This is the 75th year of the Hunger Games … The tributes are to be reaped from the existing pool of victors. — President Snow of Panem
The stakes have never been higher for Katniss Everdeen. It seems it was only yesterday that Katniss was battling to outlast her tyrannized nation’s infamous gladiatorial competition. But now, the time is nearing once again for the annual Hunger Games. And this year it is a very special Quarter Quell anniversary edition, one that will force together the most famed of the past Victors, including Katniss, who never imagined she’d be heading back into the arena as a person changed by her experiences.
The Hunger Games: Catching Fire (rated PG-13 for violence and action; and with a running time of 146 min.) follows on the heels of 2012’s blockbuster cinematic success, The Hunger Games - and takes the worldwide phenomenon sparked by Suzanne Collins’ best-selling books into a new chapter that deepens the story and propels it forward. Critically acclaimed, the first film introduced audiences to the intriguing dystopian culture of Panem, where every year 12 oppressed districts send a teenage boy and girl to compete in a contest of sheer survival in the nation’s glittering Capitol. Academy Award winner Jennifer Lawrence brought to life the story’s reluctant 16 year-old heroine, Katniss, as she persevered through impossible choices in the Hunger Games arena - revealing a passionate connection with her character.
Less than a year later, as the filmmakers returned to bring the second book of Collins’ trilogy to life on screen, they had no intention of resting on those considerable laurels. They dove into a new phase of Panem’s history and Katniss’ ever more dizzying moral dilemmas with the same faithfulness to the narrative that has guided them from the start - and a desire to go the next step.
With a story that thrusts Katniss into a second Hunger Games she never saw coming, the film took cast and crew into previously unexplored emotional and technical territory. As Katniss and her fellow Tribute, Peeta, go on a Victors’ Tour through Panem’s districts, and then are reaped for games creatively designed to be their destruction, the filmmakers saw an exciting opportunity to push the storytelling, and the characters, while staying true to what Collins set off in the global imagination.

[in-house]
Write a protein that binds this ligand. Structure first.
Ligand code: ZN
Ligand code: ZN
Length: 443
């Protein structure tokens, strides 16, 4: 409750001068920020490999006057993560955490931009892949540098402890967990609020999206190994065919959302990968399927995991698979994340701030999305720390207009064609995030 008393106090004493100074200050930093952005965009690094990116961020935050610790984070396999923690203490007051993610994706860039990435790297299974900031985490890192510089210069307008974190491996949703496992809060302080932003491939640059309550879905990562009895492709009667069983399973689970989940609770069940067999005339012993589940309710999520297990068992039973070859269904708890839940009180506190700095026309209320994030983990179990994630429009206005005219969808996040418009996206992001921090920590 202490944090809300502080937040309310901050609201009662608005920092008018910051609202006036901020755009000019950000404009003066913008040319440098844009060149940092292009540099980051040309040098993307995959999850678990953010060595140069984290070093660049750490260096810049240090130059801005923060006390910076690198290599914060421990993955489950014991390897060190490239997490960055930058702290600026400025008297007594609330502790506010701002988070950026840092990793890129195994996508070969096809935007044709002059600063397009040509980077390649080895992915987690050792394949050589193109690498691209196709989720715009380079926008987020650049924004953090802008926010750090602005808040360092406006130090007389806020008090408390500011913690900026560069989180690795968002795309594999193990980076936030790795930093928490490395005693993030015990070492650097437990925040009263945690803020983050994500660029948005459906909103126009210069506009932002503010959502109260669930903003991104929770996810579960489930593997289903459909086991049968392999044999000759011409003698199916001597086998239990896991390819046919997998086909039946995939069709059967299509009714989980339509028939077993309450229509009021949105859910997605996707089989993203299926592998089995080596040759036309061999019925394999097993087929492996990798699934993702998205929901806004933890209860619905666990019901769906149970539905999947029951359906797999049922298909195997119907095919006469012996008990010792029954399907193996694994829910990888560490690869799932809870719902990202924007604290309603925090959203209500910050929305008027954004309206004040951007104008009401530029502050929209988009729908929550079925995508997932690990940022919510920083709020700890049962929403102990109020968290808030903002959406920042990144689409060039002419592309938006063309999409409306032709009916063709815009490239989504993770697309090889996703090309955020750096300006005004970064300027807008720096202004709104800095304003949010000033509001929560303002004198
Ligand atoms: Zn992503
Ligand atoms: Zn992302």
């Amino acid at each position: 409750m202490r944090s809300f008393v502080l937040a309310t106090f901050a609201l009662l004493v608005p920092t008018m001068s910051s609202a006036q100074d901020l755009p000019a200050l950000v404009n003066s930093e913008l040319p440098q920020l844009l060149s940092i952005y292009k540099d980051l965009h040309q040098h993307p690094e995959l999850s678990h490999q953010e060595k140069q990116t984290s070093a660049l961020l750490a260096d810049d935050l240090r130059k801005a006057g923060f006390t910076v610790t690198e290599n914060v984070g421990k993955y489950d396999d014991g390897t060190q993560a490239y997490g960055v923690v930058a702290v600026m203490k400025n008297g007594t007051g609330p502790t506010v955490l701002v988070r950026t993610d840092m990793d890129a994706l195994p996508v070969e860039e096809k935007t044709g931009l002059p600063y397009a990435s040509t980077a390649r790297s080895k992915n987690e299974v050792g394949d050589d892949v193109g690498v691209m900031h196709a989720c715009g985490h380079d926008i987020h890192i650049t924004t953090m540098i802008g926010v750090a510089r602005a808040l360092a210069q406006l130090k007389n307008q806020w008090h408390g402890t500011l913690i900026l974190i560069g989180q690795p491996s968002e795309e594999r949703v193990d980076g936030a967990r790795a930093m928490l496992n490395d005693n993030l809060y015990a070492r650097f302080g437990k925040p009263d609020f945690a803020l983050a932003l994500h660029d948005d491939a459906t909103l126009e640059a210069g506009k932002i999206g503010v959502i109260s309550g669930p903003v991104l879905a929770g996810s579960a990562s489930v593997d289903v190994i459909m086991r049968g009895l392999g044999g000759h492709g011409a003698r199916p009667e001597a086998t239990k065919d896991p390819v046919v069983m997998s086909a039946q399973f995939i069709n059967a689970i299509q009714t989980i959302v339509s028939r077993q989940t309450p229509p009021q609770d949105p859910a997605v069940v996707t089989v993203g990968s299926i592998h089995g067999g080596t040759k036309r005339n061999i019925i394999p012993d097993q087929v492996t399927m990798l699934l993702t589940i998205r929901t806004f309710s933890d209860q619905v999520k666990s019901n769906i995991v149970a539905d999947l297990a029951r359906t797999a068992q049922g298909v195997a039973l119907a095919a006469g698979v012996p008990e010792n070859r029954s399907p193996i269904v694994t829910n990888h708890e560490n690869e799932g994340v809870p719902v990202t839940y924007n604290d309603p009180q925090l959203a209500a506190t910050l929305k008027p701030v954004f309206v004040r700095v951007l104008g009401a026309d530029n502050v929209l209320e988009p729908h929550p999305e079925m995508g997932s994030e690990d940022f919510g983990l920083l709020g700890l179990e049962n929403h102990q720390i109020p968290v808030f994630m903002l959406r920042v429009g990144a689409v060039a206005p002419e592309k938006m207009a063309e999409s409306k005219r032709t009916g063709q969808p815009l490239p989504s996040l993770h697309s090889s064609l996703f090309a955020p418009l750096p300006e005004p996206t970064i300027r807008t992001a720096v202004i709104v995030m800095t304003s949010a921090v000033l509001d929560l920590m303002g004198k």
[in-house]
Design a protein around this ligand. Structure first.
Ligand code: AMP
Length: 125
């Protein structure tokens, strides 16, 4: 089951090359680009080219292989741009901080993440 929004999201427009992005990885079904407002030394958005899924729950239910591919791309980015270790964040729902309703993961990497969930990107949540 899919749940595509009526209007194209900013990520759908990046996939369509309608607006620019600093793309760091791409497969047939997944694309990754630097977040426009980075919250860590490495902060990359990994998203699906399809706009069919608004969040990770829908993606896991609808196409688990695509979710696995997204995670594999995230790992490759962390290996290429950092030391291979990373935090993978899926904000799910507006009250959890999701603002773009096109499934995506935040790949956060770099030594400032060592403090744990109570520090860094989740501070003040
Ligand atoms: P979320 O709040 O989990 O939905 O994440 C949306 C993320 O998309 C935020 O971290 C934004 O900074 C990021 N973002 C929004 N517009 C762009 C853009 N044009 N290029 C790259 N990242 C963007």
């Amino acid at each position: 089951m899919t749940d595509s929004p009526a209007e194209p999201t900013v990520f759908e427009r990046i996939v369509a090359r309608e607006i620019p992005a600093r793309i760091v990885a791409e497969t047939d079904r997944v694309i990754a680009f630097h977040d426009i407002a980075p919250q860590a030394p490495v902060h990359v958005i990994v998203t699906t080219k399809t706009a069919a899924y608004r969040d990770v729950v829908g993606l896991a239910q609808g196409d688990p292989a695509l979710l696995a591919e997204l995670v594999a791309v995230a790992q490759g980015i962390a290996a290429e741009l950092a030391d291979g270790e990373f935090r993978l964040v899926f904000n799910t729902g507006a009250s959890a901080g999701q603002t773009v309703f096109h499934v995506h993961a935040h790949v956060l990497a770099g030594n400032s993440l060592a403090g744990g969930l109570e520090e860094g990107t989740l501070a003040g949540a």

"We wanted to be every bit as ambitious with this movie as we had been with the first, and continue to take creative risks," says returning producer Nina Jacobson. "We have tried to honor the core essence of Catching Fire in the same way that we honored The Hunger Games."
Lionsgate’s President of Production Erik Feig adds: "Catching Fire is a very different story from The Hunger Games. Katniss is thrust, literally, into a higher arena, and we see not only pressure mounting on her, but also the scope of her caring for others broadening. We saw it as a wonderful cinematic opportunity to bring her greater inner complexities and an even bigger visual scale to life."
As Panem is slowly revealed to be on a collision course with change in Catching Fire, so too does Katniss stand at the boundary of the hesitant girl she was and the young woman she will become.
"We’re very excited in this film to advance Katniss’s evolution as a character," Jacobson states. "We see her growing into somebody who is much more the master of her own destiny, as opposed to a pawn in the agendas of others. We see an ethical and social consciousness awakened in her, and yet at the same time, we also see the very human resistance that she feels to having to become a hero, when all she really wants to do in her heart is go home."
—taken from the production notes of Catching Fire, courtesy of Lionsgate Films